On the one hand, we have the high or acute pitch, which is a light sound; while the low or deep pitch is a louder sound.

The pitch indicates both the intention and the emotions we want to express based on the type of intonation we use.

This means that by using love, sadness, or worry pitch the canine will understand that auditory stimulus. For example, when you say compliments to your dog such as “who’s pretty” or “you’re a good boy” using a high-pitched, loving tone.


On the other hand, for dogs is easier to understand volume. It can be categorized into intensity: how loudly a sound is expressed (loud or soft).

The canine will react depending on which action it has associated with such volume intensity. For example, the dog will respond submissively to a shout of NO when it knows it behaved badly.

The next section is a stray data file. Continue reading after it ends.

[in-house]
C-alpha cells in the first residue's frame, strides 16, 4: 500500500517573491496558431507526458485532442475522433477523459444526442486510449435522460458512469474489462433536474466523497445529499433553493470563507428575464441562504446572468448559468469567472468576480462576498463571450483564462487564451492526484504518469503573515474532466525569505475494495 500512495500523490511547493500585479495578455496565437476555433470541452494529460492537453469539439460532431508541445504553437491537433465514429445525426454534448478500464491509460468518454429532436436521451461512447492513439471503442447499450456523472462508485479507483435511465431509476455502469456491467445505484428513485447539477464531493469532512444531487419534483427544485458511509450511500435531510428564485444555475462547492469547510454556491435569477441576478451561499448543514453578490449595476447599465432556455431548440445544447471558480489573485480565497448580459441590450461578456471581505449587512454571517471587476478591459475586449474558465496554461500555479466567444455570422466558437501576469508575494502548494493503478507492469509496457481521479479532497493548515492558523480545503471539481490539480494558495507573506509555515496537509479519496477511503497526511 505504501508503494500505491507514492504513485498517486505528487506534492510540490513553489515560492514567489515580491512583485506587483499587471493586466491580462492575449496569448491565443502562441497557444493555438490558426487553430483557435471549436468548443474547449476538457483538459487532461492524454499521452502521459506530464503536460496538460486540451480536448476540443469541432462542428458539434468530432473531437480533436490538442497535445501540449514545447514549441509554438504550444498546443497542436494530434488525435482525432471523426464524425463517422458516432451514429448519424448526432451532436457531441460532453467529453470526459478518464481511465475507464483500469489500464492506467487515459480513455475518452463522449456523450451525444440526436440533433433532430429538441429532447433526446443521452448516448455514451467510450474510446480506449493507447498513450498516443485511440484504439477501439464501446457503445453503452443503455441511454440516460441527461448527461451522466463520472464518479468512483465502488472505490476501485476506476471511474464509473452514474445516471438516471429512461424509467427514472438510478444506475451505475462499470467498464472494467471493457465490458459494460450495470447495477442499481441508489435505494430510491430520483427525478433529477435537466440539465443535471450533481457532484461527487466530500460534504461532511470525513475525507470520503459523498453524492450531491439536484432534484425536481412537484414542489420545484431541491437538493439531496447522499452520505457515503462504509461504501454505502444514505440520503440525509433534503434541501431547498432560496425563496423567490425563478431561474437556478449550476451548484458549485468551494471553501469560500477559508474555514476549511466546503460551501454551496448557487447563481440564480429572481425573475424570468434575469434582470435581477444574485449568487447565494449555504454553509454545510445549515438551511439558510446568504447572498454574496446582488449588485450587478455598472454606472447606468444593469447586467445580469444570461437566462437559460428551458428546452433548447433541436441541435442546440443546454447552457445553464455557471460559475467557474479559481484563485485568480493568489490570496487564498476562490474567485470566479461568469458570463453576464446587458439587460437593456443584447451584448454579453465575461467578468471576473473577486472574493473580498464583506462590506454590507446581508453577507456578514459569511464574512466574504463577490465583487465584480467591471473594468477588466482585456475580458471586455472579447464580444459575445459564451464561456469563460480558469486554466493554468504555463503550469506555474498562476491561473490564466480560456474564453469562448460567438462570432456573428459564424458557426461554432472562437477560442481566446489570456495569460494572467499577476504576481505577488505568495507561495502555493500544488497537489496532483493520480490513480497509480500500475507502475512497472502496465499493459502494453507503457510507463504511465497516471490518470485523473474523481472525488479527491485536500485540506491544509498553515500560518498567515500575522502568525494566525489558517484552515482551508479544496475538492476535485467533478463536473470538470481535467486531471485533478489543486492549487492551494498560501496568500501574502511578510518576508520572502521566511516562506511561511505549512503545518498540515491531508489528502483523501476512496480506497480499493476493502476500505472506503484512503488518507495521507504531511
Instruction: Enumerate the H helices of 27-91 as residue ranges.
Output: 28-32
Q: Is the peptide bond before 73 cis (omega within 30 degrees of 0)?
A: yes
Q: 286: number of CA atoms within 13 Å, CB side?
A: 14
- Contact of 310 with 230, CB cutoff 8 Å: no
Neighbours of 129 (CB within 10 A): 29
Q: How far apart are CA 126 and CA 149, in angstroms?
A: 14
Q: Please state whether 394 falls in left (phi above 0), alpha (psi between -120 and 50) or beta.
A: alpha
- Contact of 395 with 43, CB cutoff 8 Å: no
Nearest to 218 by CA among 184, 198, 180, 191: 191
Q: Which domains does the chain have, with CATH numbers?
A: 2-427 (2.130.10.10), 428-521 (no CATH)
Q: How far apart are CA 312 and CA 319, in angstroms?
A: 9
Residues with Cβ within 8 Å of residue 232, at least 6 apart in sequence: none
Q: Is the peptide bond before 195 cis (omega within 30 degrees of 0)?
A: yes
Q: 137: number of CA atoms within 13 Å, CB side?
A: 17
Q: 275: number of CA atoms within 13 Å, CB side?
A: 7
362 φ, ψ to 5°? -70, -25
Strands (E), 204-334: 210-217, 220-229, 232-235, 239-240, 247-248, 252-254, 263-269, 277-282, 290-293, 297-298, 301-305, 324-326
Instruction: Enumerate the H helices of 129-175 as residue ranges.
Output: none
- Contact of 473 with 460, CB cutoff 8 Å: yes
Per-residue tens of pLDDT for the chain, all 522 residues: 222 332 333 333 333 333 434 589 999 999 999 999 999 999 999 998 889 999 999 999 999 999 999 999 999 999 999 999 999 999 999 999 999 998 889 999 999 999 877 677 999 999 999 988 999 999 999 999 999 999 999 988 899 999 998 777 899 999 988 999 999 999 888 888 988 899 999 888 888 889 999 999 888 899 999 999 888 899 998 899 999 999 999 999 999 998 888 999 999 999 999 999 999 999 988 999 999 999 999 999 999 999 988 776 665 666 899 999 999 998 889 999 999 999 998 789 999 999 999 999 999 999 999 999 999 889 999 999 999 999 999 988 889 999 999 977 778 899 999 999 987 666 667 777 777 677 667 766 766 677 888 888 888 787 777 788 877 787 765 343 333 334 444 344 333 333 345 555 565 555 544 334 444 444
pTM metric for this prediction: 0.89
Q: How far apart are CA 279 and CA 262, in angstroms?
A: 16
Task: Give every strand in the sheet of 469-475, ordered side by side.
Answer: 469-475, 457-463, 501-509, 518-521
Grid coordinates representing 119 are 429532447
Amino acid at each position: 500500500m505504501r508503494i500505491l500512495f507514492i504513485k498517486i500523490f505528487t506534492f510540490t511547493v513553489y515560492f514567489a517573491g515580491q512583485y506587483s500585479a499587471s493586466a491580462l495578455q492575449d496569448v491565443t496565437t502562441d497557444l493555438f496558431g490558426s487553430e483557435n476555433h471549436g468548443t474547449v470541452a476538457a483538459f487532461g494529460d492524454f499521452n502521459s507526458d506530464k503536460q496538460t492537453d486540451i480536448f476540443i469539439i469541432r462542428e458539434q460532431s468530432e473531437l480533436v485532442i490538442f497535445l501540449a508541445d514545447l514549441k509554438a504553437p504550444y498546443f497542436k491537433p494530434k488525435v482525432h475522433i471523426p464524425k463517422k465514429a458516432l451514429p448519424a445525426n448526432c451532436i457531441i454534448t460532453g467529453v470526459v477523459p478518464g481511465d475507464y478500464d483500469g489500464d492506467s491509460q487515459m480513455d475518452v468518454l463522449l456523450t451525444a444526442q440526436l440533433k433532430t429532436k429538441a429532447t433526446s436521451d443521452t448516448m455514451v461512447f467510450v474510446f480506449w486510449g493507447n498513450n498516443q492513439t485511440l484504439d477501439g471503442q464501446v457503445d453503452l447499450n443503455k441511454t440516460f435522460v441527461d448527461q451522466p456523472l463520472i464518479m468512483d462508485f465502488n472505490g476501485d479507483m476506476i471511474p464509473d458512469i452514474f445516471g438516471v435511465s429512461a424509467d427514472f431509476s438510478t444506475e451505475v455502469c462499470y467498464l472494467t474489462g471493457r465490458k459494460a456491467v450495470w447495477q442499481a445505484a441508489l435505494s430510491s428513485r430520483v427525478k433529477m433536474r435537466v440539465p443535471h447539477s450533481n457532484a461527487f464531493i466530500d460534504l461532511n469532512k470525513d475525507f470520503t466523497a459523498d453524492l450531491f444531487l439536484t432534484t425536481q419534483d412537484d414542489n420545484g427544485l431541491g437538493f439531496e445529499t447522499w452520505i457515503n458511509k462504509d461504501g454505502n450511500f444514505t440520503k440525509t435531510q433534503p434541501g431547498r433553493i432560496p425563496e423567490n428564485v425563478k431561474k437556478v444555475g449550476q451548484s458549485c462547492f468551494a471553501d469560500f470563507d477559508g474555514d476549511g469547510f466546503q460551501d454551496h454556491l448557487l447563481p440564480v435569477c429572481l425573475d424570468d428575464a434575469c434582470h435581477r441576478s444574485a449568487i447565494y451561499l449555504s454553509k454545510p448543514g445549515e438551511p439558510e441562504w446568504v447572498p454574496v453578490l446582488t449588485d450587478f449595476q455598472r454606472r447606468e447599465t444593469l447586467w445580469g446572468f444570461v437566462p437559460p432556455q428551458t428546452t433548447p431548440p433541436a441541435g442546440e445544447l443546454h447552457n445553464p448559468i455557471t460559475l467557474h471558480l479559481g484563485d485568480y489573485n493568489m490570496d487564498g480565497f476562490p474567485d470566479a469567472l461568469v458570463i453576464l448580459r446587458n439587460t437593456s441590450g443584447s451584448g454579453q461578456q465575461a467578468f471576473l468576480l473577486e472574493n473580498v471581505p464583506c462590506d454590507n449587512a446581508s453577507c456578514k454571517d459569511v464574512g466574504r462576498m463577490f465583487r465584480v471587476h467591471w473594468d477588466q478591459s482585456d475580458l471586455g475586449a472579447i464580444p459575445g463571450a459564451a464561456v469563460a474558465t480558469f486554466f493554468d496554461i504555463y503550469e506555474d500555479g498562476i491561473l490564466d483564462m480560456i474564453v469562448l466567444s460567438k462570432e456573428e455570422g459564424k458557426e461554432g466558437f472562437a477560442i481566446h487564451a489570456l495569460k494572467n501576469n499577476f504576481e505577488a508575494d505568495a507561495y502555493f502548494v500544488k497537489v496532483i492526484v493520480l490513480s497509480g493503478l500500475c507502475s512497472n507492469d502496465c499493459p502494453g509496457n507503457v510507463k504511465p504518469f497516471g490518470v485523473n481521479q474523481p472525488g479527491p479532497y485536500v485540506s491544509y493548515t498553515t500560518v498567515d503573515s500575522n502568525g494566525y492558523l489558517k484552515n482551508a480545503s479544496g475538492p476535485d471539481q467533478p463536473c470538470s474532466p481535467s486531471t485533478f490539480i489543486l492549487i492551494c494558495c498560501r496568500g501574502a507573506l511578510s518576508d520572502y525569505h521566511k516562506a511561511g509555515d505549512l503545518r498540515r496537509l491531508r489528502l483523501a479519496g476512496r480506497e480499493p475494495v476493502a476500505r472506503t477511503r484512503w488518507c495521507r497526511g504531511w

What does the dog understand exactly? 

Well, dogs respond to the volume and intonation we use when talking to them, regardless of what we’re saying. In training there are 5 combinations of pitch and volume, which are usually accompanied by visual aids, either performing an action or showing a facial gesture. This is stated by Llera in the article published on the VCA Hospitals website.


– Loud volume and high-pitched tone

When we talk to our dog cheerfully, telling it compliments or that we want to play with it, it will perceive the emotion and respond physically by wagging its tail, for example. In addition, this tone will allow the canine to associate better with the fact that it did something well and that its owner feels happy.


– Low volume and low pitch